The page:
Health officials on Thursday urged thousands of patients of an Oklahoma oral surgeon to undergo hepatitis and HIV testing, saying unsanitary conditions behind his office's spiffy facade posed a threat to his clients and made him a "menace to the public health."
State and county health inspectors went to Dr. W. Scott Harrington's practice after a patient with no known risk factors tested positive for both hepatitis C and the virus that causes AIDS. They found employees using dirty equipment, reusing drug vials and administering drugs without a license.
Harrington voluntarily gave up his license and closed his offices in Tulsa and suburban Owasso and is cooperating with investigators, said Kaitlin Snider, a spokeswoman for the Tulsa Health Department. He faces a hearing April 19 where his license could be permanently revoked.
"It's uncertain how long those practices have been in place," Snider said. "He's been practicing for 36 years."
The Oklahoma Board of Dentistry said the inspectors discovered multiple sterilization issues at Harrington's offices, including the use of a separate, rusty set of instruments for patients known to have infectious diseases.
"The CDC (Centers for Disease Control and Prevention) has determined that rusted instruments are porous and cannot be properly sterilized," the board said in a 17-count complaint against the dentist.
Officials are sending letters to 7,000 known patients of Harrington, but they noted that they do not have information for patients before 2007. The letters urge the patients to be tested for hepatitis B, hepatitis C and HIV — viruses typically spread through intravenous drug use or unprotected sex, not occupational settings.
Harrington could not be reached for comment Thursday. A message at his Tulsa office said it was closed and the doctor's answering service referred callers to the Tulsa Health Department. Phone numbers listed for Harrington were disconnected. A message left with Harrington's malpractice attorney in Tulsa, Jim Secrest II, was not immediately returned.
The CDC is consulting on the case, and agency spokeswoman Abbigail Tumpey said such situations involving dental clinics are rare.
In a similar case in Colorado last year, an oral surgeon was accused of exposing patients to diseases by reusing needles and syringes. Authorities sent letters urging about 8,000 patients to get tested for hepatitis B, hepatitis C and HIV, but Tumpey said it wasn't clear whether anyone was actually infected.
"We've only had a handful of dental facilities where we've had notifications in the last decade," Tumpey said.
Harrington's Tulsa practice is in a tony part of town, on a row of some of the city's most upscale medical practices. The white-and-green stucco, two-story dental clinic has the doctor's name in fancy letters on the facade.
Inside, the Dentistry Board said, Harrington ran a clinic that didn't ensure items were sterile. The clinic had different cleaning procedures for its sets of equipment, drug vials were used on multiple patients and the office had no written infection-protection procedure.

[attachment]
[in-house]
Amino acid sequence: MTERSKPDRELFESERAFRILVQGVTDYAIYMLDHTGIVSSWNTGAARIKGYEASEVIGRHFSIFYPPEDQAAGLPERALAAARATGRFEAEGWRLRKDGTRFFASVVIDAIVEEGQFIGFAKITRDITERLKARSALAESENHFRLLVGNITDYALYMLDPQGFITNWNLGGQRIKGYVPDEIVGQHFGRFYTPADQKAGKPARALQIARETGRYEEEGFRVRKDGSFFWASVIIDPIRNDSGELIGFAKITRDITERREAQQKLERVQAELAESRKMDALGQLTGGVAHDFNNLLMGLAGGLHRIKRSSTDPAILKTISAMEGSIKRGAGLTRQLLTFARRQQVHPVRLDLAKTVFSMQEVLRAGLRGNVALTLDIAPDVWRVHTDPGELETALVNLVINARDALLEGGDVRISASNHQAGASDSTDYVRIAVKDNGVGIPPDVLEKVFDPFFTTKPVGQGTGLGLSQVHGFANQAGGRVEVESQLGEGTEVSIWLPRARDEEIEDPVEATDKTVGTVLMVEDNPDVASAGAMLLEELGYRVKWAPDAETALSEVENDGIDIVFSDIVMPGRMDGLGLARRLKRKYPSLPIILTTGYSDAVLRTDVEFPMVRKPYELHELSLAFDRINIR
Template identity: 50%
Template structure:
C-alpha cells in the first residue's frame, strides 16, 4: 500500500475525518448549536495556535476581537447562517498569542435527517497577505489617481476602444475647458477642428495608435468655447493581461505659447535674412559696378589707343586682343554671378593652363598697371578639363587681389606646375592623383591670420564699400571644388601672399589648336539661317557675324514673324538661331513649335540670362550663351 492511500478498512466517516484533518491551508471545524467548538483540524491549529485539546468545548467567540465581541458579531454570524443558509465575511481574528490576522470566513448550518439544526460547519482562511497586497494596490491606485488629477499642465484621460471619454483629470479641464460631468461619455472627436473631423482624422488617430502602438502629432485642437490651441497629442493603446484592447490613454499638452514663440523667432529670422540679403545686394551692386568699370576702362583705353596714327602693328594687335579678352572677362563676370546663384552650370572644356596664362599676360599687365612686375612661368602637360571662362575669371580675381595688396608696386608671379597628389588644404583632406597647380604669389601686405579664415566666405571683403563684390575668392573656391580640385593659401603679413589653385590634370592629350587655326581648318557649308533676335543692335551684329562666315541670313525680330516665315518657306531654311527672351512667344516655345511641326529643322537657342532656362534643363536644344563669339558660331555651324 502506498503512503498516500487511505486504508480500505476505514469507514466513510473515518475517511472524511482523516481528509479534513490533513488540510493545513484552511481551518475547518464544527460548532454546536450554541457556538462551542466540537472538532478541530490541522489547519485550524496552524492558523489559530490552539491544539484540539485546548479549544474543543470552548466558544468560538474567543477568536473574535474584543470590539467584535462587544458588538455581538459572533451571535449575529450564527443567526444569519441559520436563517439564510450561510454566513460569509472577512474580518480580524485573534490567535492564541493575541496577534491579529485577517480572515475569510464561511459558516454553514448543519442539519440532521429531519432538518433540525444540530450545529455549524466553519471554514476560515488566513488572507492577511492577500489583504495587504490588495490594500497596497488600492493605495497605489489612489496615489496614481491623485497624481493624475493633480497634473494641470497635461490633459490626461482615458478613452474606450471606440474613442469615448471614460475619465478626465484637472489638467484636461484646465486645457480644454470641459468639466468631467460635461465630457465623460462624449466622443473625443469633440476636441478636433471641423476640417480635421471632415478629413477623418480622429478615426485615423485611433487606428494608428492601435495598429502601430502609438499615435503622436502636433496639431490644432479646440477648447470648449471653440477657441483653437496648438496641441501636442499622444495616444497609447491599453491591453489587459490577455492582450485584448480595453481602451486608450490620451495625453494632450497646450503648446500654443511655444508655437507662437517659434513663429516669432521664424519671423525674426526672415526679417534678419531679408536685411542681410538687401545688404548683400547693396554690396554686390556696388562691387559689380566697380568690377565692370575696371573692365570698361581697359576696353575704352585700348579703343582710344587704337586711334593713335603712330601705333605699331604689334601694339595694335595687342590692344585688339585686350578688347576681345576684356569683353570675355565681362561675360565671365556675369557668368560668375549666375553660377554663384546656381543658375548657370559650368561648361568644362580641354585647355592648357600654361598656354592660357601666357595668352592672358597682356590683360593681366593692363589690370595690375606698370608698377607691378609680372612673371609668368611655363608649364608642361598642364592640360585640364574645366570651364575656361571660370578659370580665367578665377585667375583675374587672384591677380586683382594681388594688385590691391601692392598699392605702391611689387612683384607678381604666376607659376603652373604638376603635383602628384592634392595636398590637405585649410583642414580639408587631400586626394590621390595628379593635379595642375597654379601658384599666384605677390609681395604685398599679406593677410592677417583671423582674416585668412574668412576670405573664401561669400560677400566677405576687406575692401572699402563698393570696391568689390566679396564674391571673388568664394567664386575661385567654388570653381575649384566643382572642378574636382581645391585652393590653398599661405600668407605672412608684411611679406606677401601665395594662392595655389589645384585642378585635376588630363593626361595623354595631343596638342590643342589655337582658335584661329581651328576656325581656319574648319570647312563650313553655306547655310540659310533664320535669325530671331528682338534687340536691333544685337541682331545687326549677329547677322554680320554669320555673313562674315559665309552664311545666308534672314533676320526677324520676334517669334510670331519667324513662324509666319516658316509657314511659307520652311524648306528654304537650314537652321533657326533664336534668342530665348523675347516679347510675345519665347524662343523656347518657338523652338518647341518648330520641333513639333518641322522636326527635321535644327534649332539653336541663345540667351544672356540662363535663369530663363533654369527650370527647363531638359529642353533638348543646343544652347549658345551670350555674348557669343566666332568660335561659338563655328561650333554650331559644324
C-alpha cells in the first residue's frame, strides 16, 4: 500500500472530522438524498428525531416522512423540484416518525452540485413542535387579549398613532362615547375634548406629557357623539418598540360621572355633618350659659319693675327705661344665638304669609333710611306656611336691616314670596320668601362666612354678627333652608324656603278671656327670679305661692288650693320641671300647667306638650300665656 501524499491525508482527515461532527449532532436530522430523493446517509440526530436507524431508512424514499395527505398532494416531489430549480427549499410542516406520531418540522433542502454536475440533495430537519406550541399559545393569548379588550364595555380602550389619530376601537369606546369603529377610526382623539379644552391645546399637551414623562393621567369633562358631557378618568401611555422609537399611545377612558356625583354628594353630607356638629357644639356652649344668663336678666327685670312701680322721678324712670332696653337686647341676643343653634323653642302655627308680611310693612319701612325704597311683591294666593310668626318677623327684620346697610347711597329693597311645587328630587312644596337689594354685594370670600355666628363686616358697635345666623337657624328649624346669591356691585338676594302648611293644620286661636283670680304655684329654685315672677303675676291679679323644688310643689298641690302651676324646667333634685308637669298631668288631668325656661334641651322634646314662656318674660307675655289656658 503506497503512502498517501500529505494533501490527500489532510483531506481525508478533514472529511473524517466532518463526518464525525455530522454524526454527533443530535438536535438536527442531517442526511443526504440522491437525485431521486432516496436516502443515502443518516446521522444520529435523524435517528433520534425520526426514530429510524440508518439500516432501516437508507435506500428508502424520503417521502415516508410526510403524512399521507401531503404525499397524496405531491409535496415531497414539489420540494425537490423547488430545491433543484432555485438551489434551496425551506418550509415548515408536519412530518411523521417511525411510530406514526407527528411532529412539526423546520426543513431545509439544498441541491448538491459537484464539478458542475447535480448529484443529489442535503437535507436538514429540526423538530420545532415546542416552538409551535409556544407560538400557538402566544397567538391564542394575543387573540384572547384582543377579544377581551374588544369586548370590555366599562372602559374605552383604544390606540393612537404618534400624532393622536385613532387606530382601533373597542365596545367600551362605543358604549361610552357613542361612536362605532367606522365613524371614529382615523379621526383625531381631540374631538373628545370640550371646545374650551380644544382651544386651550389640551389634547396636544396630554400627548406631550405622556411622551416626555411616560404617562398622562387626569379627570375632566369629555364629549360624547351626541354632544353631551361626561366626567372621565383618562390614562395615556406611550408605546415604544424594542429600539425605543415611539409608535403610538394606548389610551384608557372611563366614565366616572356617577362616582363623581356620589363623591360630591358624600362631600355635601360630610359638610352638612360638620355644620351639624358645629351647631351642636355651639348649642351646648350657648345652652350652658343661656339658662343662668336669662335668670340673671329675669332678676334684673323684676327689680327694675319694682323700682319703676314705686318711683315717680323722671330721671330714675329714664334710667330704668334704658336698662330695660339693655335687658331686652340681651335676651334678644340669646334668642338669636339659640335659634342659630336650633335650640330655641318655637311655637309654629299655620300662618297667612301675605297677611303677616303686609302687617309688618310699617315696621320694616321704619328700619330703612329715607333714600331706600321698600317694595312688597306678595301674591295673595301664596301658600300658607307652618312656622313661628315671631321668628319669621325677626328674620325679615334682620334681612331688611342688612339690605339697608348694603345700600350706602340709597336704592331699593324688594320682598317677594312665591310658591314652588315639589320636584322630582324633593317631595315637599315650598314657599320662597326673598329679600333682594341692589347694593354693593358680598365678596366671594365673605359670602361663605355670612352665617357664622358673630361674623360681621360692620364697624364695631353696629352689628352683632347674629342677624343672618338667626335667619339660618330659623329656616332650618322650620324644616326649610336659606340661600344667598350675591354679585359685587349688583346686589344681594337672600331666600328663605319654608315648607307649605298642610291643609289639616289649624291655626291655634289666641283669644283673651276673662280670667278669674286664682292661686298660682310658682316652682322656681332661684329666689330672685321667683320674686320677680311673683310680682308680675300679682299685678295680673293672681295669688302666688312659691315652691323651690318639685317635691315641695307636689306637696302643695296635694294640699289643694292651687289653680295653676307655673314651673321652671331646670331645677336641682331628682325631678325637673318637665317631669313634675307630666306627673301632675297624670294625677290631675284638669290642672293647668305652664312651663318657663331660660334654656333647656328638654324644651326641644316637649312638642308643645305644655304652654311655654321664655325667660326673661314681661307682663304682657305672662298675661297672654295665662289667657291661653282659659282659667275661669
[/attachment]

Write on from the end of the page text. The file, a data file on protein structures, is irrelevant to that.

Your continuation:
Joyce Baylor said she had a tooth pulled at Harrington's Tulsa office a year and a half ago.
"The office looked clean," she said in a telephone interview.
Baylor, 69, said she plans to get tested next week.
"I'm sure he's not suffering financially that he can't afford instruments," Baylor said of Harrington.
The Dentistry Board accuses Harrington of "being a menace to the public health by reasons of practicing dentistry in an unsafe or unsanitary manner."
Harrington told officials he left questions about sterilization and drug procedures to his employees.
"They take care of that, I don't," the board quoted him as saying.
The doctor is also accused of letting his assistants perform tasks only a licensed dentist should have done, including administering IV sedation. Also, the complaint says that the doctor's staff could not produce permits for the assistants when asked for them.
As an oral surgeon, Harrington routinely does invasive procedures that involve "pulling teeth, open wounds, open blood vessels," said Susan Rogers, executive director of the Oklahoma Dentistry Board. A board complaint said Harrington and his staff told investigators that a "high population of known infectious disease carrier patients" received dental care from him.
According to the complaint, a device used to sterilize instruments wasn't being properly used.
Also, a test is supposed to be performed monthly and sent to a lab to determine that the equipment is successfully sterilizing instruments, but "no such test had ever been performed in the 6 years one dental assistant had been working at the office," the complaint said.
The doctor also apparently used outdated drugs, as one vial found this year had an expiration date of 1993, and didn't properly keep track of drugs, the complaint said. It noted that a drug cabinet was unlocked and unattended during the day.
It also said that although U.S. Drug Enforcement Administration records show Harrington had not received morphine from a distributor since 2009, the drug logs kept by his assistants said morphine had been used on patients last year.
Officials said patients will be offered free medical testing at the Tulsa Health Department's North Regional Health and Wellness Center.
Most people who become infected by hepatitis C get it by sharing needles or other equipment to inject drugs, according to the CDC's website. The infection can last a lifetime and lead to scarring of the liver or liver cancer.
Most people who get hepatitis B have it for a short time, though it can cause a long-term infection that can damage the liver. It can be transmitted through unprotected sex and sharing needles.
Associated Press reporter Jeannie Nuss in Little Rock, Ark., contributed to this report.